Reference is made to the difference between the knowledge of an event and the wisdom embedded in it; which in this case was the desire of the soul that was Jesus to give the more perfect concept of the relationship of mankind to the Creator, as was also the case with Mary. It is pointed out that there is a lesson here for all of us, namely the willingness to become a channel for the expression of God’s love in the world. So the various aspects of the preparation for the coming of the Christ child are in themselves pointers to us for the work of bringing about the birth in ourselves of that same divine consciousness.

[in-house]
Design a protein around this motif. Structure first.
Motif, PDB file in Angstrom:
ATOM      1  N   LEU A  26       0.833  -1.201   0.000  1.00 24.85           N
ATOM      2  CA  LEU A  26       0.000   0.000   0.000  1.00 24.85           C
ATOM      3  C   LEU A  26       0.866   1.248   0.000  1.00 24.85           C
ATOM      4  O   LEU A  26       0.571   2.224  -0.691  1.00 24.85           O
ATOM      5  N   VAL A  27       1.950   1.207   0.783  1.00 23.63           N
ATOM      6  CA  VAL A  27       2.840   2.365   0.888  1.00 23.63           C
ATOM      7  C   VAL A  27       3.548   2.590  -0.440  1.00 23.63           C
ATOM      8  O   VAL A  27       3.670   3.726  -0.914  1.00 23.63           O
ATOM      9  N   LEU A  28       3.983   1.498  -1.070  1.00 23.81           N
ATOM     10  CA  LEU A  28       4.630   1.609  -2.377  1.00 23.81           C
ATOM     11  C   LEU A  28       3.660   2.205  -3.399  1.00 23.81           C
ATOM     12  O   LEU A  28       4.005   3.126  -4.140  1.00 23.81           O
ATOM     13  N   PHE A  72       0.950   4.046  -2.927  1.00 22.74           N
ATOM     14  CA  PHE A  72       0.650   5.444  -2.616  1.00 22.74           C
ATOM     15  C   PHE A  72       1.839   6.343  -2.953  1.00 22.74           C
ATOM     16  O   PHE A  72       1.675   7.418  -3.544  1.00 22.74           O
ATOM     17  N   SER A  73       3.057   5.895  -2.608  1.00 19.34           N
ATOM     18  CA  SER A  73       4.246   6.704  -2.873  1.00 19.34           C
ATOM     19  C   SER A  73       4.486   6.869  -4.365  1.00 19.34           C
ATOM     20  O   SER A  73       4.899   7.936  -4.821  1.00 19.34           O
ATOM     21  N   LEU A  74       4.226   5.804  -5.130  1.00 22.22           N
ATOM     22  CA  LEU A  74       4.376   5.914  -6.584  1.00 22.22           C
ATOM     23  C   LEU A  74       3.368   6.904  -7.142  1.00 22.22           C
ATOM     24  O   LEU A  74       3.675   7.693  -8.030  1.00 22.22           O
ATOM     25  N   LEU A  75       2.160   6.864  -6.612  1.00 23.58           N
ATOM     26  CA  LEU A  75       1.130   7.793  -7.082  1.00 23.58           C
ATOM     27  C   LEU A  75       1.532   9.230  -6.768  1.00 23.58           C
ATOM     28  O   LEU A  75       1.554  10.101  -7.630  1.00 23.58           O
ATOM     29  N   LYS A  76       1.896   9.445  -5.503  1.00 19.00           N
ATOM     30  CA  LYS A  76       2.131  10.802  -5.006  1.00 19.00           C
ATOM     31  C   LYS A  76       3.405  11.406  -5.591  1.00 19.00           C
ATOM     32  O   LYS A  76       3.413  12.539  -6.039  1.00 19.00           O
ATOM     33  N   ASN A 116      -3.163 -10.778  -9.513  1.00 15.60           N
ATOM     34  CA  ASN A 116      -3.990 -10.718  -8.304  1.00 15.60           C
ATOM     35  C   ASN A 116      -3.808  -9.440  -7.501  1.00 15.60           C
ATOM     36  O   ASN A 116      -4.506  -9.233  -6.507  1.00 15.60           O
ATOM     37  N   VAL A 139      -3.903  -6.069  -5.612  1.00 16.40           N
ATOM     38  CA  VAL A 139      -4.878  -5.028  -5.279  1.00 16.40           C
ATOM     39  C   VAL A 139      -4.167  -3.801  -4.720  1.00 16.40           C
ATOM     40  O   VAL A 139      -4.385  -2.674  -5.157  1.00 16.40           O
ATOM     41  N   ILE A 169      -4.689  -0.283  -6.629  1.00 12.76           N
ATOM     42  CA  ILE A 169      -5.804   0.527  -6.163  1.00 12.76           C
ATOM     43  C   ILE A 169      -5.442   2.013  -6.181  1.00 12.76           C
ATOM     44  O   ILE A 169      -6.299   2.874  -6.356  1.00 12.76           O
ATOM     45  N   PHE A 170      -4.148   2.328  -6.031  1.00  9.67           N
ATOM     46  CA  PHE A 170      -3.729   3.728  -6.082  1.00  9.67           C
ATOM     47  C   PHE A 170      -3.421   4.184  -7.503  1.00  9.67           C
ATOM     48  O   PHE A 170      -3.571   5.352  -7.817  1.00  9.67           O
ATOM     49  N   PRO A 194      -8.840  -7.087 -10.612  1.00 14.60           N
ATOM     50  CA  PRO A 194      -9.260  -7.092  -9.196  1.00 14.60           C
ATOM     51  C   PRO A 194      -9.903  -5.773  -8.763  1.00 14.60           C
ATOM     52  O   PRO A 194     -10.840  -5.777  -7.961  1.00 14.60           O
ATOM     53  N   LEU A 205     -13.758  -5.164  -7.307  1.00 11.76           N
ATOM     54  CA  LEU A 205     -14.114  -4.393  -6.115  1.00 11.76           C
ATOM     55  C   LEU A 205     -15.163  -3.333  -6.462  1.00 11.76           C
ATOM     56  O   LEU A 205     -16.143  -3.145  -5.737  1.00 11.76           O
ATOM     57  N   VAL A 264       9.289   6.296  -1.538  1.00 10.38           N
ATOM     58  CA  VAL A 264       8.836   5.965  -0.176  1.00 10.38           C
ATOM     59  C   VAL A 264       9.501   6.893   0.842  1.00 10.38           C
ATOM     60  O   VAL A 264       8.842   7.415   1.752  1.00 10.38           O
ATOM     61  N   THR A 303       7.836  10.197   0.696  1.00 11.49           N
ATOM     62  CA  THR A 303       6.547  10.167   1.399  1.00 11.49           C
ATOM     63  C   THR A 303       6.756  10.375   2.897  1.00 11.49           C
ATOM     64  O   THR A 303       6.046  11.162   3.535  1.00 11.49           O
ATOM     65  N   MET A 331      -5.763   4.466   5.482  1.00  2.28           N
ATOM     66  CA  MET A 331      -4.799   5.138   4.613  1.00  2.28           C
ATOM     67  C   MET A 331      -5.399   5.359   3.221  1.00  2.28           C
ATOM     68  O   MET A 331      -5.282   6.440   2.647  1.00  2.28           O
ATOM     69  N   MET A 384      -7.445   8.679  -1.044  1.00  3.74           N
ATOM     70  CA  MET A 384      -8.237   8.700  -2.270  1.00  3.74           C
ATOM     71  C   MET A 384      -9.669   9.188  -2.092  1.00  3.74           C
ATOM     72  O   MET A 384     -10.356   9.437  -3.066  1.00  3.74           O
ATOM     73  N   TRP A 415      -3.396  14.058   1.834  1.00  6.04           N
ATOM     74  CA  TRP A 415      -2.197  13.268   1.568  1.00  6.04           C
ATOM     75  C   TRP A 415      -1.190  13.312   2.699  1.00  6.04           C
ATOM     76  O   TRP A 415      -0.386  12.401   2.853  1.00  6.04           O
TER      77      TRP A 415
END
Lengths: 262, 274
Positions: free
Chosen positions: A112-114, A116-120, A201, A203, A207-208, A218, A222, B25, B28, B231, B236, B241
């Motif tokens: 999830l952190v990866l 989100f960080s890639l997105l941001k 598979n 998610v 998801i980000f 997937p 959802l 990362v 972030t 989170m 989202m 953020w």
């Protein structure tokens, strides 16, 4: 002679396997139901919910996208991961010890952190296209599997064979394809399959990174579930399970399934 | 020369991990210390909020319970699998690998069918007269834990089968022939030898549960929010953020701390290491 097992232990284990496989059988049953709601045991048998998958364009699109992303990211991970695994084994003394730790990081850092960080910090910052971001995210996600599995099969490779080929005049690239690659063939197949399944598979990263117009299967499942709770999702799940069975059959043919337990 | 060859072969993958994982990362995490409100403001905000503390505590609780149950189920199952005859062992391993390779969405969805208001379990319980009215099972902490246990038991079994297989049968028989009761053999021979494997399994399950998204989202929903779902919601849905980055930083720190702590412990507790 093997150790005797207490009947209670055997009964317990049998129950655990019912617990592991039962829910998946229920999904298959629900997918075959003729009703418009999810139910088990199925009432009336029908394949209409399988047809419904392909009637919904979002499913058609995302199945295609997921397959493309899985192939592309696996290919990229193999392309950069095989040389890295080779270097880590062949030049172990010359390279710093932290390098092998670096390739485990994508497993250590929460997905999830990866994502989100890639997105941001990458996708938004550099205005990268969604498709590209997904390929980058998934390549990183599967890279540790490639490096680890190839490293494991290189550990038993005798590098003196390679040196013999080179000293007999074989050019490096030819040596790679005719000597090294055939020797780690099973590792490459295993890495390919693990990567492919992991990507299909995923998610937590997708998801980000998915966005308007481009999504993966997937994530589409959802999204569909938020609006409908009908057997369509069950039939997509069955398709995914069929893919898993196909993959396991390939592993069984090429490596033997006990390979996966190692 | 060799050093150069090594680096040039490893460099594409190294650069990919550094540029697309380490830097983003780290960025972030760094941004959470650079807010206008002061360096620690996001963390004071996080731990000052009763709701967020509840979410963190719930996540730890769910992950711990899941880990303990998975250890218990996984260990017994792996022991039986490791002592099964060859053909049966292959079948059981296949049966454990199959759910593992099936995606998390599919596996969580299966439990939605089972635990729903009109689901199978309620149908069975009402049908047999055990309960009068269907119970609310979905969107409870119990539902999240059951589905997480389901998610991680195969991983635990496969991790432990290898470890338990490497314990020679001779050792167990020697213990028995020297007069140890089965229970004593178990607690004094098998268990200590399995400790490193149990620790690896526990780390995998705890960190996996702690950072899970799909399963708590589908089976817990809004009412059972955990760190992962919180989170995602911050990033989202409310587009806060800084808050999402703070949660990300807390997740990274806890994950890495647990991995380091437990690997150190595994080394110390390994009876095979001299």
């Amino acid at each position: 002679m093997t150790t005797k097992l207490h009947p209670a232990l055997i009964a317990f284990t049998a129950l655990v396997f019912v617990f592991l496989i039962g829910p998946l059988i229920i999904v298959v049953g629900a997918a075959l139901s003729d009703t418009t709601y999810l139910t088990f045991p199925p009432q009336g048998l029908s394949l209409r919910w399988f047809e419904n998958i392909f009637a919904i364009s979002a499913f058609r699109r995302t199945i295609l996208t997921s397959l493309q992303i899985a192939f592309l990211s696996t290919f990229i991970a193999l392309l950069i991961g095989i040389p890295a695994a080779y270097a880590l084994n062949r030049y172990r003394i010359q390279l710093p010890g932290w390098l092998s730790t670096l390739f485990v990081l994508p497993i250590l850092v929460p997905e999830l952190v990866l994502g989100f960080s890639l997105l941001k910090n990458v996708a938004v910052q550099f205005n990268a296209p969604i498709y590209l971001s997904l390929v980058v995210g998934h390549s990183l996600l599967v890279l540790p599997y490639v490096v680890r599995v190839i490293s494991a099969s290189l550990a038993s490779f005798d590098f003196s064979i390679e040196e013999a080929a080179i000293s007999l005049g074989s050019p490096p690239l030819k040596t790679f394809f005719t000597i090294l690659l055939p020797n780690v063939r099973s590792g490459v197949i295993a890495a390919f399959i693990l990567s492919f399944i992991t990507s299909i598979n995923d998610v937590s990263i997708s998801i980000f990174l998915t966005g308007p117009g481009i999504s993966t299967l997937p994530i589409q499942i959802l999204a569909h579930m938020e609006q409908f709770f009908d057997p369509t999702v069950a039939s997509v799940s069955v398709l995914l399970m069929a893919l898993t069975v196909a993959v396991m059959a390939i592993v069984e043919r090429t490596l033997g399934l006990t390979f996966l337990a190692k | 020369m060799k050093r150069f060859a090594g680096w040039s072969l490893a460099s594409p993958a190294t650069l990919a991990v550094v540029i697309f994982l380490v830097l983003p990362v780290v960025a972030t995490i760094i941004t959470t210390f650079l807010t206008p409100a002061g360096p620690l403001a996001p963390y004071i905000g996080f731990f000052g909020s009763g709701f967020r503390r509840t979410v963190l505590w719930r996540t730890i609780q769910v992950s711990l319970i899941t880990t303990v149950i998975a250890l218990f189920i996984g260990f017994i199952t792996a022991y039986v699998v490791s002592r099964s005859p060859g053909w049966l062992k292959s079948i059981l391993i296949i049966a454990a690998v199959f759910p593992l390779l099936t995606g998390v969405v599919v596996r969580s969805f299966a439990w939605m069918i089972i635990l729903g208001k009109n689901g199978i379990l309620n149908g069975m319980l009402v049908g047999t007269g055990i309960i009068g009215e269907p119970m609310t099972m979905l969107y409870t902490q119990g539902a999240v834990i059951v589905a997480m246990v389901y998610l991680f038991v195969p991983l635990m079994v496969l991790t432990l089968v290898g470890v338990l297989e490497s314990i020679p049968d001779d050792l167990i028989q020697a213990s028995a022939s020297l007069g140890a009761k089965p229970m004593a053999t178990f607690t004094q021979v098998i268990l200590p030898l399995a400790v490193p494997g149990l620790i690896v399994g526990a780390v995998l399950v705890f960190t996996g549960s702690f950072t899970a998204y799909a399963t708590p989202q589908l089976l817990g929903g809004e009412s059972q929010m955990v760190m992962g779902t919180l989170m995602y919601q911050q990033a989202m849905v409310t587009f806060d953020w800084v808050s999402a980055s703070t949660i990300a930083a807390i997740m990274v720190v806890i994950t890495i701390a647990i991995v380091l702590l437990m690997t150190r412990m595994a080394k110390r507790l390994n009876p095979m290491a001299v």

In this sense we may well ask ourselves some of these leading questions drawn from the story. How are we preparing spiritually, mentally and physically for the coming of the Christ child within us? Do we try to purify the body, discipline the mind and bring about a holistic balance between the spiritual, mental and physical so that we may become better vessels for the indwelling of God’s presence in us? Do we periodically take ourselves apart from the world, as in daily meditation or in other ways that allow us to become more attuned to the Divine? Are we engaged with a persistent spiritual practise, individually or as part of a group or church, that by its nature draws us closer to the Christ? Do we exercise the faith that is required of us to enter upon that journey that results in a new birth? Do we seek God by drawing close to nature? Do we pay attention to those dreams, inner promptings and intuitive insights, the angelic influences that beckon us to follow the light, the heavenly star that shines within us? Time and again the individuals in the group that sought this information were advised and encouraged to seek to be channels, each according to their abilities, for the loving expression of the universal Creative Forces.